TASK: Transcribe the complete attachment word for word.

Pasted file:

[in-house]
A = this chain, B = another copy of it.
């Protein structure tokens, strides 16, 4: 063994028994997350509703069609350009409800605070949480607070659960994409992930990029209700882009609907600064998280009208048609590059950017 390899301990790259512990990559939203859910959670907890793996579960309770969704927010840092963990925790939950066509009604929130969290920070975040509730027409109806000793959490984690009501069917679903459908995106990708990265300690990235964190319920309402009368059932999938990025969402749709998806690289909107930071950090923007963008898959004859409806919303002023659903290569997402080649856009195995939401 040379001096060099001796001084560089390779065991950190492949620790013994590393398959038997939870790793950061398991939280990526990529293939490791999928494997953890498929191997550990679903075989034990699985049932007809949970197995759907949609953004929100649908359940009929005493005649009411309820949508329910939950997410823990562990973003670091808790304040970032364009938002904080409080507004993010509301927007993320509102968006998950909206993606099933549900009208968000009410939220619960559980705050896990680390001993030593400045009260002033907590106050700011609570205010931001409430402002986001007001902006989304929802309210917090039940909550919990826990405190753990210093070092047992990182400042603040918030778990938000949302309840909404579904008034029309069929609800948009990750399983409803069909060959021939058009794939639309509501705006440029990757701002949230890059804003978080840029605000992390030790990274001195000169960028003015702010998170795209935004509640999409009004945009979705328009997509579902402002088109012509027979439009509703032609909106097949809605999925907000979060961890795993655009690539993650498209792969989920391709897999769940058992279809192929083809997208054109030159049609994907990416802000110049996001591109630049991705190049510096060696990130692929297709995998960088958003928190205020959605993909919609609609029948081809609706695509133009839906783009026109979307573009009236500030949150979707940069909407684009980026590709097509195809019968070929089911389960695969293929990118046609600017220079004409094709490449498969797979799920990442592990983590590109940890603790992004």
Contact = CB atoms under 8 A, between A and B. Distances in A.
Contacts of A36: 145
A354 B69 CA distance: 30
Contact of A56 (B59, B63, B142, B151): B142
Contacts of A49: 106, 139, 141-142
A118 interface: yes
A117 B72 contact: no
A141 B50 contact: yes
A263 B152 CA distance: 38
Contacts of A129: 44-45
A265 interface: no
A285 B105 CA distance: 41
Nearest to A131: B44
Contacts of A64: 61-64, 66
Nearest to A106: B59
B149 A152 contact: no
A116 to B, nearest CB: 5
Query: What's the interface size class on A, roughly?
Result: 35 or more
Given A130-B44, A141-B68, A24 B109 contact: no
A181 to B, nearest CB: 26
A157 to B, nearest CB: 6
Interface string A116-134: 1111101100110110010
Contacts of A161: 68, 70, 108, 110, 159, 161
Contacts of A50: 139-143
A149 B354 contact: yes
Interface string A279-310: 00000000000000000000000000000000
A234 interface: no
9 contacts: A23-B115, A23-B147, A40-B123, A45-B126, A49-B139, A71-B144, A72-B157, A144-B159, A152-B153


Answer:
[in-house]
A = this chain, B = another copy of it.
């Protein structure tokens, strides 16, 4: 063994028994997350509703069609350009409800605070949480607070659960994409992930990029209700882009609907600064998280009208048609590059950017 390899301990790259512990990559939203859910959670907890793996579960309770969704927010840092963990925790939950066509009604929130969290920070975040509730027409109806000793959490984690009501069917679903459908995106990708990265300690990235964190319920309402009368059932999938990025969402749709998806690289909107930071950090923007963008898959004859409806919303002023659903290569997402080649856009195995939401 040379001096060099001796001084560089390779065991950190492949620790013994590393398959038997939870790793950061398991939280990526990529293939490791999928494997953890498929191997550990679903075989034990699985049932007809949970197995759907949609953004929100649908359940009929005493005649009411309820949508329910939950997410823990562990973003670091808790304040970032364009938002904080409080507004993010509301927007993320509102968006998950909206993606099933549900009208968000009410939220619960559980705050896990680390001993030593400045009260002033907590106050700011609570205010931001409430402002986001007001902006989304929802309210917090039940909550919990826990405190753990210093070092047992990182400042603040918030778990938000949302309840909404579904008034029309069929609800948009990750399983409803069909060959021939058009794939639309509501705006440029990757701002949230890059804003978080840029605000992390030790990274001195000169960028003015702010998170795209935004509640999409009004945009979705328009997509579902402002088109012509027979439009509703032609909106097949809605999925907000979060961890795993655009690539993650498209792969989920391709897999769940058992279809192929083809997208054109030159049609994907990416802000110049996001591109630049991705190049510096060696990130692929297709995998960088958003928190205020959605993909919609609609029948081809609706695509133009839906783009026109979307573009009236500030949150979707940069909407684009980026590709097509195809019968070929089911389960695969293929990118046609600017220079004409094709490449498969797979799920990442592990983590590109940890603790992004």
Contact = CB atoms under 8 A, between A and B. Distances in A.
Contacts of A36: 145
A354 B69 CA distance: 30
Contact of A56 (B59, B63, B142, B151): B142
Contacts of A49: 106, 139, 141-142
A118 interface: yes
A117 B72 contact: no
A141 B50 contact: yes
A263 B152 CA distance: 38
Contacts of A129: 44-45
A265 interface: no
A285 B105 CA distance: 41
Nearest to A131: B44
Contacts of A64: 61-64, 66
Nearest to A106: B59
B149 A152 contact: no
A116 to B, nearest CB: 5
Query: What's the interface size class on A, roughly?
Result: 35 or more
Given A130-B44, A141-B68, A24 B109 contact: no
A181 to B, nearest CB: 26
A157 to B, nearest CB: 6
Interface string A116-134: 1111101100110110010
Contacts of A161: 68, 70, 108, 110, 159, 161
Contacts of A50: 139-143
A149 B354 contact: yes
Interface string A279-310: 00000000000000000000000000000000
A234 interface: no
9 contacts: A23-B115, A23-B147, A40-B123, A45-B126, A49-B139, A71-B144, A72-B157, A144-B159, A152-B153